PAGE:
The start of what promises to be a tumultuous, visionary fantasy series.

READ REVIEW

IN THE DARKNESS VISIBLE

From the Elk Riders series , Vol. 1

Neill’s (City on a Hill, 2014) fantasy features a teenage girl on a quest to save her island tribe from the designs of a militant fleet.

Fourteen-year-old Gabriella Carlyle is from the island of Harkness. Her 11-year-old brother, Dameon, is fluent with numbers but a social outcast due to his inward nature. One day, he’s counting grains of sand while Gabriella and her friend, Eloise, are harvesting mussels by the shore. They witness the arrival of a formidable-looking vessel, and the cloaked men who disembark seem rough and ready for battle. The leader of the island, Chief Salinger, greets one of the men, Sade, who’s part of a group called the Servior. Sade explains that the visitors hope to purchase land next to the Tower of the Dead, which stands as a portal between life and the afterlife. When the villagers perform a ritual to consult with their ancestors, the dead speak through Gabriella and reveal that “the Servior...those whom they serve are treacherous.” A loner named Omanuju Ant decides to help Gabriella find the treasure of Nicomedes on the far-flung Eastern Continent, which may thwart Sade and his men; in return, perhaps the dead will heal Dameon. In this opening installment of a vigorously imagined series, Neill delivers an epic that’s as grand as it is brief. Episodic brilliance characterizes Gabriella and Omanuju’s adventures, such as when they befriend Ghede, who pilots the floating ship Elawn—and a dragon race ensues. Alternating chapters flash back to Sade and his younger brother, Vondales, growing up as orphans on the island of Illicaine and later becoming teenage savages on a sharp rise to power. Neill’s prose is often beautiful, as when Gabriella “could make out the shape of undulating hills and ridges silhouetted against the spray of stars.” Alongside frequent scenes of brutality, there are dear instances of wisdom, as when Omanuju says, “Sometimes when we find a person hard to love, the failure is in us, rather than them.” A finale featuring deft, magical weirdness only elevates the narrative further.

The start of what promises to be a tumultuous, visionary fantasy series.

Pub Date: Aug. 10, 2016

ISBN: N/A

Page Count: 187

Publisher: Tenebray

Review Posted Online: Dec. 16, 2016

Did you like this book?

No Comments Yet

An atmospheric and creepy page-turner.

I KILLED ZOE SPANOS

Seventeen-year-old Anna Cicconi finds herself in the middle of a mystery when she takes a summer nanny job in the swanky Hamptons enclave of Herron Hills.

Frick begins her story at the end. Well, sort of. August in the Hamptons signals the turning of the leaves and sees the grisly discovery of 19-year-old Zoe Spanos’ body. Zoe disappeared on New Year’s Eve, and Anna, who happens to strongly resemble her, has confessed to her murder. However, Martina Green, who runs the podcast Missing Zoe, doesn’t believe Anna did it and attempts to find out what really happened. Flash back to June: Hard-partying recent high school grad Anna sees her new job caring for Tom and Emilia Bellamy’s 8-year-old daughter as a fresh start. As one sun-drenched day melts into the next, Anna is drawn to Windemere, the neighboring Talbots’ looming, Gothic-style home, and to the brooding, mysterious Caden Talbot. But Anna can’t shake a feeling of déjà vu, and she’s having impossible memories that intertwine her life with Zoe’s. Frick easily juggles multiple narratives, and readers will enjoy connecting the dots of her cleverly plotted thriller inspired by Daphne du Maurier’s classic Rebecca. Anna and Zoe are white; the supporting cast includes biracial characters Martina (Latinx/white) and Caden (black/white). Caden discusses grappling with being raised by white adoptive parents, facing racialized suspicion as Zoe’s boyfriend, and feeling marginalized at Yale.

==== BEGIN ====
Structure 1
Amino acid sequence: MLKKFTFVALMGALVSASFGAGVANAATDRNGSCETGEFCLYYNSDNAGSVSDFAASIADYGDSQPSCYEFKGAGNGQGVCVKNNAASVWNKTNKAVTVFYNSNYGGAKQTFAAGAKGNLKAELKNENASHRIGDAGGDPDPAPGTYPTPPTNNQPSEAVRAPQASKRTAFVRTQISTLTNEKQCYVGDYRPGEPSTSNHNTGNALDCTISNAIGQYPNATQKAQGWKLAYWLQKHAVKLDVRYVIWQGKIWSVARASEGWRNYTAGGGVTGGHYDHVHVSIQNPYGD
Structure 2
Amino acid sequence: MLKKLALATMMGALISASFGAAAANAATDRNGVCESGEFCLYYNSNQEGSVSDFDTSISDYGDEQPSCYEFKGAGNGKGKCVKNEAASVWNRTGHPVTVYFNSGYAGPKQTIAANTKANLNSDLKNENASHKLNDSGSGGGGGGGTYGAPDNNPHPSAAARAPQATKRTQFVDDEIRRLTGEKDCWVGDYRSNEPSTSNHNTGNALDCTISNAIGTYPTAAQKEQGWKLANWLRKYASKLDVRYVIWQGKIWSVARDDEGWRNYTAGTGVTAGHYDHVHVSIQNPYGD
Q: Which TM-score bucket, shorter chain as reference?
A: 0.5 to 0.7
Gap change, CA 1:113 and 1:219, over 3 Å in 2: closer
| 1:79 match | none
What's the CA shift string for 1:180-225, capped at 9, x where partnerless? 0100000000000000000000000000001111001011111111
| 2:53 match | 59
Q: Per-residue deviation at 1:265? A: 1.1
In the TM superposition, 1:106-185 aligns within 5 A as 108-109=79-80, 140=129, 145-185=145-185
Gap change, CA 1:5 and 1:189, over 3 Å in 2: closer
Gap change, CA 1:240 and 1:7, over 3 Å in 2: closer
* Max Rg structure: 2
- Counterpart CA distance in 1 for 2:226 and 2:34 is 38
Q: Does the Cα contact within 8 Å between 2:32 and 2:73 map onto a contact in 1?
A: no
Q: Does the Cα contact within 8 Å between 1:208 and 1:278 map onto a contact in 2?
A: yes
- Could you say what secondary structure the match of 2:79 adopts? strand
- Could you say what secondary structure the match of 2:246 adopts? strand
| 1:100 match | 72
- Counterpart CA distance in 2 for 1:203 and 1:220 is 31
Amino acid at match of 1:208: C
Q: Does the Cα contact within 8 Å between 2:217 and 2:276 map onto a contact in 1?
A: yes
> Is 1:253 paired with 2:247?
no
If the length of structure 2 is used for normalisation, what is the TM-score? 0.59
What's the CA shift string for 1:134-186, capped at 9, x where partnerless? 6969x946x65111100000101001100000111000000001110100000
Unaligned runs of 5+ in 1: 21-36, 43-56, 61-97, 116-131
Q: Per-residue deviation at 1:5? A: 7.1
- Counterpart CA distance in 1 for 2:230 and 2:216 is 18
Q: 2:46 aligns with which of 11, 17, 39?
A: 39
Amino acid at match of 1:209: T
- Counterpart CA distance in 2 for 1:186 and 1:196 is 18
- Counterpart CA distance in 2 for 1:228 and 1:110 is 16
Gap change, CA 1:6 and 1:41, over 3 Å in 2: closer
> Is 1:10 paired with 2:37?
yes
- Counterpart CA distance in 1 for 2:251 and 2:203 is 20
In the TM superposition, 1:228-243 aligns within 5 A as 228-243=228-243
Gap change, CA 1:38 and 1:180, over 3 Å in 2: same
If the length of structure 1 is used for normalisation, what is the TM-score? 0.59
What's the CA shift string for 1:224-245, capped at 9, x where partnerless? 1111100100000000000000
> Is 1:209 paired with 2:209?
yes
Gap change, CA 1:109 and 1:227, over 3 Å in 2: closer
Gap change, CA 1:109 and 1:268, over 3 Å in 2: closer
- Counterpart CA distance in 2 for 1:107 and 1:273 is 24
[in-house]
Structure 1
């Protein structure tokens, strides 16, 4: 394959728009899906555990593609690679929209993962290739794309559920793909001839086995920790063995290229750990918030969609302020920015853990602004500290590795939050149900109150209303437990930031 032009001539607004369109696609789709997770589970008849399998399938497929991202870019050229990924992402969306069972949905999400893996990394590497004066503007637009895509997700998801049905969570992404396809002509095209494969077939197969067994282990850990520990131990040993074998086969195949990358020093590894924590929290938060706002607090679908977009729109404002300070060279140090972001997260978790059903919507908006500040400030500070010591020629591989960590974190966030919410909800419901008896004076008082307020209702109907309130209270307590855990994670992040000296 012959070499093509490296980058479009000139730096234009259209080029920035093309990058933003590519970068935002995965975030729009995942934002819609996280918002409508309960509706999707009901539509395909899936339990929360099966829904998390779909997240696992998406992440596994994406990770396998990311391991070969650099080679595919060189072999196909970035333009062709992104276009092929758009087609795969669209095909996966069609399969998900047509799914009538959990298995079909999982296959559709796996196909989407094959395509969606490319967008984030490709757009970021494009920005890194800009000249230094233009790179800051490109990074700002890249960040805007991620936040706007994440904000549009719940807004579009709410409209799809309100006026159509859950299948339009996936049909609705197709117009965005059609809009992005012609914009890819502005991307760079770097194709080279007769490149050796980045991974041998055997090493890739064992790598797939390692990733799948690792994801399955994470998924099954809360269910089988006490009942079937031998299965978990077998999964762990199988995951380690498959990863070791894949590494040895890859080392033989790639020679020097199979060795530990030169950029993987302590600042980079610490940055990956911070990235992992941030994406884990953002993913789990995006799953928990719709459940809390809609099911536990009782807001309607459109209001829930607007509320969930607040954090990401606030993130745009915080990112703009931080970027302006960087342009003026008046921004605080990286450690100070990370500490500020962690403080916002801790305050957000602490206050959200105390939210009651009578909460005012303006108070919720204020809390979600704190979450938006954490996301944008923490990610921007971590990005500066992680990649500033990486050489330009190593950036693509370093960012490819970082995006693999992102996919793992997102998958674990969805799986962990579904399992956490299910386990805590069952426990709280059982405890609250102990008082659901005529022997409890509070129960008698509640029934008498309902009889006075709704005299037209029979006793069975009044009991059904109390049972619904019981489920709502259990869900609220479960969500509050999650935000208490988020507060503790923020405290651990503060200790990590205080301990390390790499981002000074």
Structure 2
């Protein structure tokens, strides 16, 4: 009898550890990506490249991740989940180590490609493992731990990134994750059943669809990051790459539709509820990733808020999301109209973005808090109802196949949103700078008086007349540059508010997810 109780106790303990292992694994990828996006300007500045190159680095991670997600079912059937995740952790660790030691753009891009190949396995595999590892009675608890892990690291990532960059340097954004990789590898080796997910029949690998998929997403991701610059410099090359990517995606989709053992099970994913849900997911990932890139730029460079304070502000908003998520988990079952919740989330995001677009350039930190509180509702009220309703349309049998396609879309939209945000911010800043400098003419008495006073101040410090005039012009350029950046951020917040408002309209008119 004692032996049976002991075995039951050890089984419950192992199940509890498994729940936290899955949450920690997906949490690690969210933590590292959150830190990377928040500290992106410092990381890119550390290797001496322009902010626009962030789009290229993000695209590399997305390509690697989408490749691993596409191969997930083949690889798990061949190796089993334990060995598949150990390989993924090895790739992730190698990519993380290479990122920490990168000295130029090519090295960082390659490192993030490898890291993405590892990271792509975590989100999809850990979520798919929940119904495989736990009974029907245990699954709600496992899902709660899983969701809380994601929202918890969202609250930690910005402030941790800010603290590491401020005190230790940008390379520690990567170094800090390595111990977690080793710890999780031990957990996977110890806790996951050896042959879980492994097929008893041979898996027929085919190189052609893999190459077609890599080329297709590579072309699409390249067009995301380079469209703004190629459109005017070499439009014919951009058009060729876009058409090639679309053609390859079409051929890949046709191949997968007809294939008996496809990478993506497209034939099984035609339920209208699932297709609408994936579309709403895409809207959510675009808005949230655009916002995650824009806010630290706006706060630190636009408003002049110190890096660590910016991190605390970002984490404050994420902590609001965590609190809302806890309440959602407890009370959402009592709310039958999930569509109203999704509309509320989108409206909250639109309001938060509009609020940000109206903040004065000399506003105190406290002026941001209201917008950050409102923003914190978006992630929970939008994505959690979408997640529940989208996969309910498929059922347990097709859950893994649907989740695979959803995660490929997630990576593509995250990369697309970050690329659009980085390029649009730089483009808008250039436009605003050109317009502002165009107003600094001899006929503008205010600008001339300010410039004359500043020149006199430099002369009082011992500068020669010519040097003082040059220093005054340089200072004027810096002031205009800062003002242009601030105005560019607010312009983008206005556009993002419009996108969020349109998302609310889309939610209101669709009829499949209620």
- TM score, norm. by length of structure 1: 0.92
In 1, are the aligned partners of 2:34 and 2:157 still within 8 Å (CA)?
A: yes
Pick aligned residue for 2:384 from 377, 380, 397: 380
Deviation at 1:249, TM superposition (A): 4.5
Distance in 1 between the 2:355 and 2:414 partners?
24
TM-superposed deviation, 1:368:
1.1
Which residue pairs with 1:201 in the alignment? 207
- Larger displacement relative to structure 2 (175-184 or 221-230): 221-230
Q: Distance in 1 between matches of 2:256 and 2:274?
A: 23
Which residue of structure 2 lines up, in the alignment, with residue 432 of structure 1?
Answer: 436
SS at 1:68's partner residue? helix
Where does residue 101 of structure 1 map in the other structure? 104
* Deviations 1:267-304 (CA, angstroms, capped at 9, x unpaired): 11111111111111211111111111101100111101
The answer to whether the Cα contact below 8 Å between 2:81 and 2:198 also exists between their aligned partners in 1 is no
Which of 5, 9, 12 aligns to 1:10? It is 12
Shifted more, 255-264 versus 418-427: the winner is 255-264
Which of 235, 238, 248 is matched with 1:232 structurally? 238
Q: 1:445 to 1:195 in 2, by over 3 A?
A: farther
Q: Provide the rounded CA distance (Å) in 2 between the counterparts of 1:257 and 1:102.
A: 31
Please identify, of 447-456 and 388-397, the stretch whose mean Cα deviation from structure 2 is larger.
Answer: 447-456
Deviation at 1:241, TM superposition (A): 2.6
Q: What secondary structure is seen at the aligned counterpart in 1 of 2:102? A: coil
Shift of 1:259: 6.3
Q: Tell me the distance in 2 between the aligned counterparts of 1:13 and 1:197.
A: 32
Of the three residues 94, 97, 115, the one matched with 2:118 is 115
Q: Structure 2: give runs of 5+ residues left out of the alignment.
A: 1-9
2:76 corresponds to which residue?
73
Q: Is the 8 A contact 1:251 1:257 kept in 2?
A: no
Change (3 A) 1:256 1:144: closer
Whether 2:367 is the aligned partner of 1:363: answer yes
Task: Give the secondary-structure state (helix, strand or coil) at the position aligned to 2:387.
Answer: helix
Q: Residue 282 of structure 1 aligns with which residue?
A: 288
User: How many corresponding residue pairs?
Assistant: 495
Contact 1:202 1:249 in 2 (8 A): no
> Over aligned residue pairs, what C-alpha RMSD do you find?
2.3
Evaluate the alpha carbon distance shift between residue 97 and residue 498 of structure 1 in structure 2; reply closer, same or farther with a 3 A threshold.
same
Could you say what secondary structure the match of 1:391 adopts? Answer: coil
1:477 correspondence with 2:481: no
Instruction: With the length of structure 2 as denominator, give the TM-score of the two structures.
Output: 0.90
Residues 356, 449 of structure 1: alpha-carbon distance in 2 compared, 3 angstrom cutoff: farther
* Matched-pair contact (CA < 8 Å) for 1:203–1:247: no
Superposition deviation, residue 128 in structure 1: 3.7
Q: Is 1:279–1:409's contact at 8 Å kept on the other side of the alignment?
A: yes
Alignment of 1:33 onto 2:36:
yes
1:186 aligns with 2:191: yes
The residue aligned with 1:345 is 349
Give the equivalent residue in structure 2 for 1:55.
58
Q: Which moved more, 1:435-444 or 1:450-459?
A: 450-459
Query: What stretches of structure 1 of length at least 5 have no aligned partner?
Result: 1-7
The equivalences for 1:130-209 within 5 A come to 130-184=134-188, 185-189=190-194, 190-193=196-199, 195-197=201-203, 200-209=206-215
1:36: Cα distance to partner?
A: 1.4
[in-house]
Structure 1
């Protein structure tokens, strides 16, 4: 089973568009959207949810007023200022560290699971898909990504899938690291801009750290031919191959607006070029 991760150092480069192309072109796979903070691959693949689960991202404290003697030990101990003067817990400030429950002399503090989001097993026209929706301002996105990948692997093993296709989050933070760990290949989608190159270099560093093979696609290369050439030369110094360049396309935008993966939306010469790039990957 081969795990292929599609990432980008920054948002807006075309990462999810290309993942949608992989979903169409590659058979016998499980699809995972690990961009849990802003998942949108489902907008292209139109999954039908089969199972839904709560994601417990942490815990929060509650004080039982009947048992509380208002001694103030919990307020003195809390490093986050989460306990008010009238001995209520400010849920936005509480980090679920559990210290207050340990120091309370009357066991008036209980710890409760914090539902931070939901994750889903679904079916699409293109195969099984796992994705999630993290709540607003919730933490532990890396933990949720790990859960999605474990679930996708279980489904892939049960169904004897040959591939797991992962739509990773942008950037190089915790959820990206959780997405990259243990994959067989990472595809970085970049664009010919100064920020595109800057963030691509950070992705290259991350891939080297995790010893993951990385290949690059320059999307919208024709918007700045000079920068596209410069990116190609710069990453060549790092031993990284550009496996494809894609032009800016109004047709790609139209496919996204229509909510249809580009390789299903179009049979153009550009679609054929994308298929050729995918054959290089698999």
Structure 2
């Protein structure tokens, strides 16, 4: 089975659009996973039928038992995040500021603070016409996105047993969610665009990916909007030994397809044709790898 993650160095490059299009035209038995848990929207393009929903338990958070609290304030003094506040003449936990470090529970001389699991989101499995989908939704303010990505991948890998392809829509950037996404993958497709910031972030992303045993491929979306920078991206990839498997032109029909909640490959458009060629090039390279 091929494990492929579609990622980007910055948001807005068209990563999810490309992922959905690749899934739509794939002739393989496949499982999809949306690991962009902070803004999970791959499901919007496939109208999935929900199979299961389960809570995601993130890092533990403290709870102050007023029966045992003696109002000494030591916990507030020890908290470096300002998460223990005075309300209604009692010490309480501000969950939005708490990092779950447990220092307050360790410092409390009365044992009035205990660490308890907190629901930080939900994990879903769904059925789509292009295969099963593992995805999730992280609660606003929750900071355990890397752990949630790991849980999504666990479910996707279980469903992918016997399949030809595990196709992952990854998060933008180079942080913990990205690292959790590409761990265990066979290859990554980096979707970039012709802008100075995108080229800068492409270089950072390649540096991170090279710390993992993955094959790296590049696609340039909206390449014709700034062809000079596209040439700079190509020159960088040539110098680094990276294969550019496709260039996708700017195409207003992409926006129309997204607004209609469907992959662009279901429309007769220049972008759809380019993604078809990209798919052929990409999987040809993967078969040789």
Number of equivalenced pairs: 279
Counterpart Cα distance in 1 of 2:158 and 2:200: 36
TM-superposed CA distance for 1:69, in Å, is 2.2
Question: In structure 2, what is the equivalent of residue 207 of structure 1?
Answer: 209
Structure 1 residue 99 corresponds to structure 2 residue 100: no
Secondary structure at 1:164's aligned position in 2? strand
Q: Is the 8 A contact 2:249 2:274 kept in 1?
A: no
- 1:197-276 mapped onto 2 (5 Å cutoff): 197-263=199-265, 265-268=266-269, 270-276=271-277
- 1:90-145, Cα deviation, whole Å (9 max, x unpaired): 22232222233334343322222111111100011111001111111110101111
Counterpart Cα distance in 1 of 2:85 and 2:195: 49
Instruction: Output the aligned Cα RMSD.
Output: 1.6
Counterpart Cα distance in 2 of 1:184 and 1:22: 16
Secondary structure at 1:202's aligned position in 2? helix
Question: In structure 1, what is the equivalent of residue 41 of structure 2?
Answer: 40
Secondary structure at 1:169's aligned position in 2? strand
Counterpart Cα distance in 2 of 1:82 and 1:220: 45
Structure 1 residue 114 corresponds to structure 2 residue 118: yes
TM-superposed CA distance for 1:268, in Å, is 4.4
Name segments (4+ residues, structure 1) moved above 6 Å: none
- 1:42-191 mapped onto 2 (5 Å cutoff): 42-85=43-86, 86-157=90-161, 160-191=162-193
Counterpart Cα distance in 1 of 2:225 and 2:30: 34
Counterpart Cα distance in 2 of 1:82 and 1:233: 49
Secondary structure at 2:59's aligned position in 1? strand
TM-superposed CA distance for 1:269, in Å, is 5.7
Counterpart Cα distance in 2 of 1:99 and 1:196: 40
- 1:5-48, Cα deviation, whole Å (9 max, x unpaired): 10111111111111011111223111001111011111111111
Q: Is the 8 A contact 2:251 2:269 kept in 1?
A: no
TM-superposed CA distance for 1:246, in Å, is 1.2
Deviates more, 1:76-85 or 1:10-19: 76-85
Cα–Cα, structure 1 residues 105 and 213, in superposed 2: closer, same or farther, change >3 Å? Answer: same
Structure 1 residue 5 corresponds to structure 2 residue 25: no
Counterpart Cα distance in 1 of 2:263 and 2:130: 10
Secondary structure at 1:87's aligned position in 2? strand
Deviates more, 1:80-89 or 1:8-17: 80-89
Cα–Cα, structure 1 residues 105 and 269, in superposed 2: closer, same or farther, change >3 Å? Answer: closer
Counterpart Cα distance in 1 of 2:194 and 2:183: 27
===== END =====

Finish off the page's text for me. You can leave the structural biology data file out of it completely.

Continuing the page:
An atmospheric and creepy page-turner. (map) (Thriller. 14-adult)

Pub Date: June 30, 2020

ISBN: 978-1-5344-4970-1

Page Count: 384

Publisher: McElderry

Review Posted Online: March 11, 2020

Kirkus Reviews Issue: April 1, 2020

Did you like this book?

No Comments Yet

A thrilling romance that could use more even pacing.

THE STARS WE STEAL

For the second time in her life, Leo must choose between her family and true love.

Nineteen-year-old Princess Leonie Kolburg’s royal family is bankrupt. In order to salvage the fortune they accrued before humans fled the frozen Earth 170 years ago, Leonie’s father is forcing her to participate in the Valg Season, an elaborate set of matchmaking events held to facilitate the marriages of rich and royal teens. Leo grudgingly joins in even though she has other ideas: She’s invented a water filtration system that, if patented, could provide a steady income—that is if Leo’s calculating Aunt Freja, the Captain of the ship hosting the festivities, stops blocking her at every turn. Just as Leo is about to give up hope, her long-lost love, Elliot, suddenly appears onboard three years after Leo’s family forced her to break off their engagement. Donne (Brightly Burning, 2018) returns to space, this time examining the fascinatingly twisted world of the rich and famous. Leo and her peers are nuanced, deeply felt, and diverse in terms of sexuality but not race, which may be a function of the realities of wealth and power. The plot is fast paced although somewhat uneven: Most of the action resolves in the last quarter of the book, which makes the resolutions to drawn-out conflicts feel rushed.

A thrilling romance that could use more even pacing. (Science fiction. 16-adult)

Pub Date: Feb. 4, 2020

ISBN: 978-1-328-94894-6

Page Count: 400

Publisher: HMH Books

Review Posted Online: Nov. 10, 2019

Kirkus Reviews Issue: Dec. 1, 2019

Did you like this book?

No Comments Yet
more